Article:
Sunday, March 22, 2015

Coffee Table Dinner For One Tablescape

"I'd rather have flowers on my table than diamonds on my neck" ~ Emma Goldman.

I often eat alone at this coffee table in the family room.  This room is comfortable and well worn, with a big stone fireplace, a leather sofa and chair, antiques, and long ago photographs of my family going back to my great grandparents' generation.

The china is Blue Rose/Blue Bouquet by Johann Haviland.  It was another great antique store find, with 12 place settings and several accessory pieces.  The place settings include a dinner plate, salad plate, bread and butter plate, coaster, soup bowl, berry bowl, and cup/saucer.  The accessories include two sizes of oval platters, serving bowl, soup tureen, round gravy bowl, sugar, and creamer.  What a nice set this is.

It is always fun to find out something about the history of antiques and vintage items.  During my research about this china pattern, I found out that the well known Haviland maker started with David Haviland in 1853.  His sons and their descendants continued the family business with many splits along the way.  Jean/John/Johann was David's grandson and moved to Bavaria (Waldershof, Germany) in 1907 to begin the Johann Haviland Company.  The Johann Haviland Company was comparatively short-lived, ceasing production in 1924.  The name rights were eventually purchased by an Italian Company, and later by the Rosenthal Group in 1937.  Rosenthal began producing fine china for export to the United States that was marked "Johann Haviland, Bavaria, Germany."  In the 1970s and 1980s, many patterns were sold in grocery stores as premiums, distributed by the Johann Haviland Corporation of Des Plaines, Illinois.  I haven't been able to narrow down the exact vintage of my Blue Rose/Blue Bouquet pattern - could be anywhere from 1937 to the late 1980s.

The Elegant Glass from the Depression Era is New Martinsville/Viking Prelude.  My grandmother gave me a set of parfait glasses in this pattern when I was a young teenager.  I brought one with me to my first Depression Glass show, where someone from the DelMarVa glass club identified it for me, and the hunt was on.  Over the years, this is the pattern that I have collected extensively.

Oddly enough, I have never collected flatware.  I have always just used my every day Oneida, completely replacing it about once a decade when most of the forks have mysteriously disappeared.  That is about to change, starting with this 1847 Rogers Bros Daffodil pattern.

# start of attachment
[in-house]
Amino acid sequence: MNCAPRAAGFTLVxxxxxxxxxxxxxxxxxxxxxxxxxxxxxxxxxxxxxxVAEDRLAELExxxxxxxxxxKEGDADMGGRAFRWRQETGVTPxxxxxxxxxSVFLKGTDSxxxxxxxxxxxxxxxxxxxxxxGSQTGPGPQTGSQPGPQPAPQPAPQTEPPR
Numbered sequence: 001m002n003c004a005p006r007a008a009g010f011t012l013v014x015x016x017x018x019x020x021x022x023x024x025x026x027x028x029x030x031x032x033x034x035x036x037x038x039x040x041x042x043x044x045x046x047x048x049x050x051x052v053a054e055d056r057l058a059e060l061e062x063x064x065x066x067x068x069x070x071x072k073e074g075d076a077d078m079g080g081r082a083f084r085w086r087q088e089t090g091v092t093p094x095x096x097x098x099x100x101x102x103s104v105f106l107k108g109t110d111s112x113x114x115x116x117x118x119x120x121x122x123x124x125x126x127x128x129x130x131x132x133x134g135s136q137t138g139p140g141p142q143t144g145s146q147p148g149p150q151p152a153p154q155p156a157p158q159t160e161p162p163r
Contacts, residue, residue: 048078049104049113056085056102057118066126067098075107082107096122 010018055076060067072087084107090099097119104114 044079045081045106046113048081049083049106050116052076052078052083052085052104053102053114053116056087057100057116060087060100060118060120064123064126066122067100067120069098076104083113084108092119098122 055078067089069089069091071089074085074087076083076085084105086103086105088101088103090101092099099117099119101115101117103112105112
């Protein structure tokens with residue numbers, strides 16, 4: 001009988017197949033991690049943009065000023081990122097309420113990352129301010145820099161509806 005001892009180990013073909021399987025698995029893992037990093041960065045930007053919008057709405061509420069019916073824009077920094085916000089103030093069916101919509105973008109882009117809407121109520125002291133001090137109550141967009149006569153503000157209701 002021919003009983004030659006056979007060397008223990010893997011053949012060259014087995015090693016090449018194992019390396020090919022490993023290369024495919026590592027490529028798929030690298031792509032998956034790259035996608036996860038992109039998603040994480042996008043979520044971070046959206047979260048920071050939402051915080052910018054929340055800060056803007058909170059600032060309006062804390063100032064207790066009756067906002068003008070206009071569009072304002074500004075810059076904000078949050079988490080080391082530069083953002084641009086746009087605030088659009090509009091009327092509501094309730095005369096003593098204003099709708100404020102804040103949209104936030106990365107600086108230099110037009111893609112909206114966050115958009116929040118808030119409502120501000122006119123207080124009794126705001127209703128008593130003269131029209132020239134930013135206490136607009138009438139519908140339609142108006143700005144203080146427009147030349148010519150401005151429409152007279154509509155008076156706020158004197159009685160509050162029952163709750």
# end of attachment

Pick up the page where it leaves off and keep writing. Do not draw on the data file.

This violin was my grandfather's when he was a boy.  It had been stored up in my grandparent's attic, and was unearthed when they were cleaning the house out in preparation for their move to a retirement home in Florida,  It was in sad shape, with a coat of grime and multiple cracks in the body, considered worthless, and put out with the trash.  Mike saw it, knew how much I love things for the sentimental value, and rescued it for me.  The candlestick was from a Depression Glass show.  I think it is Duncan Miller, but I can't remember.  One of these days, I'll get all my hard copy notes and receipts organized on the computer.  It would be wonderful to have the inventory records right at my fingertips, not to mention the volume of physical space that I could declutter!

This is one of my favorite family photos.  I am on the right with Cousin Judy on the left - early 1970s.  On my mother's side, I am one of 19 cousins.  Growing up, we had many family get togethers, and Cousin Judy always had something creative up her sleeve.  I remember this occasion was a music recital for the grandparents and the aunts and uncles.  All the cousins dressed up - notice the long dresses, 1970s style.  None of us were musically talented, and it warms my heart to think of how patiently and attentively our audience listened to what must have been absolutely agonizing to sit through :-)

Ending with a general view of the family room.

Table Details:

Blue Rose patterned china Dinner Plate, Salad Plate, Berry Bowl, and Cup/Saucer:
     Johann Haviland, Bavaria, Germany Blue Rose/Blue Bouquet (Discontinued Actual: 1937 - 1980s)
Blue Rose patterned china Pitchers:
      Colonia Pottery Stoke England Avon
Clear Elegant Depression Era glass Wine and Cordial Glasses: